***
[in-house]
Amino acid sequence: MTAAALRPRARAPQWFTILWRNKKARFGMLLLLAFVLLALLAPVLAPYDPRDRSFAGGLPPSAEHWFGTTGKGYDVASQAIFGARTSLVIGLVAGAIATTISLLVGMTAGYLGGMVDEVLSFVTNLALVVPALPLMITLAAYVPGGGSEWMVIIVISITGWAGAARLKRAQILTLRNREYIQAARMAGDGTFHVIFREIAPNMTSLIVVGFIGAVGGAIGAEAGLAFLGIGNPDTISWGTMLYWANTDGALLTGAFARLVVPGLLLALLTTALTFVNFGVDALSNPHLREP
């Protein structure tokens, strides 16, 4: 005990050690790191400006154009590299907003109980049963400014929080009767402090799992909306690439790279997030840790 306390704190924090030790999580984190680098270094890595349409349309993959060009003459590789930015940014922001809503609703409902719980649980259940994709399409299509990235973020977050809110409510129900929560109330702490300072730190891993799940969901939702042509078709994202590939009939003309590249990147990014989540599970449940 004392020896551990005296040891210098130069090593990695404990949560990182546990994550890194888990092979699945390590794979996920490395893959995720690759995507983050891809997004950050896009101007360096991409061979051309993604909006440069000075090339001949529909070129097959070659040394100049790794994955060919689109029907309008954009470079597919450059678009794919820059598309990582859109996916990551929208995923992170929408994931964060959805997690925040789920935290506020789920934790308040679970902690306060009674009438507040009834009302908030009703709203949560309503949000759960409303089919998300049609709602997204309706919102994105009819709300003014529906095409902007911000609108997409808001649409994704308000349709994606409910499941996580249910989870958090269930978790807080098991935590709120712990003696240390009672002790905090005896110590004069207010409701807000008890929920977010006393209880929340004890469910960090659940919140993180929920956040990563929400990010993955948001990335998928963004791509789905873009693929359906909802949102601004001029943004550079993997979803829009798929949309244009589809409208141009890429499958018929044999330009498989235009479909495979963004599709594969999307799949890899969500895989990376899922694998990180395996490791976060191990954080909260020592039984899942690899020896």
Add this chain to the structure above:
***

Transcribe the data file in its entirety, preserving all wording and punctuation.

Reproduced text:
[in-house]
Amino acid sequence: MTAAALRPRARAPQWFTILWRNKKARFGMLLLLAFVLLALLAPVLAPYDPRDRSFAGGLPPSAEHWFGTTGKGYDVASQAIFGARTSLVIGLVAGAIATTISLLVGMTAGYLGGMVDEVLSFVTNLALVVPALPLMITLAAYVPGGGSEWMVIIVISITGWAGAARLKRAQILTLRNREYIQAARMAGDGTFHVIFREIAPNMTSLIVVGFIGAVGGAIGAEAGLAFLGIGNPDTISWGTMLYWANTDGALLTGAFARLVVPGLLLALLTTALTFVNFGVDALSNPHLREP
């Protein structure tokens, strides 16, 4: 005990050690790191400006154009590299907003109980049963400014929080009767402090799992909306690439790279997030840790 306390704190924090030790999580984190680098270094890595349409349309993959060009003459590789930015940014922001809503609703409902719980649980259940994709399409299509990235973020977050809110409510129900929560109330702490300072730190891993799940969901939702042509078709994202590939009939003309590249990147990014989540599970449940 004392020896551990005296040891210098130069090593990695404990949560990182546990994550890194888990092979699945390590794979996920490395893959995720690759995507983050891809997004950050896009101007360096991409061979051309993604909006440069000075090339001949529909070129097959070659040394100049790794994955060919689109029907309008954009470079597919450059678009794919820059598309990582859109996916990551929208995923992170929408994931964060959805997690925040789920935290506020789920934790308040679970902690306060009674009438507040009834009302908030009703709203949560309503949000759960409303089919998300049609709602997204309706919102994105009819709300003014529906095409902007911000609108997409808001649409994704308000349709994606409910499941996580249910989870958090269930978790807080098991935590709120712990003696240390009672002790905090005896110590004069207010409701807000008890929920977010006393209880929340004890469910960090659940919140993180929920956040990563929400990010993955948001990335998928963004791509789905873009693929359906909802949102601004001029943004550079993997979803829009798929949309244009589809409208141009890429499958018929044999330009498989235009479909495979963004599709594969999307799949890899969500895989990376899922694998990180395996490791976060191990954080909260020592039984899942690899020896």
Add this chain to the structure above: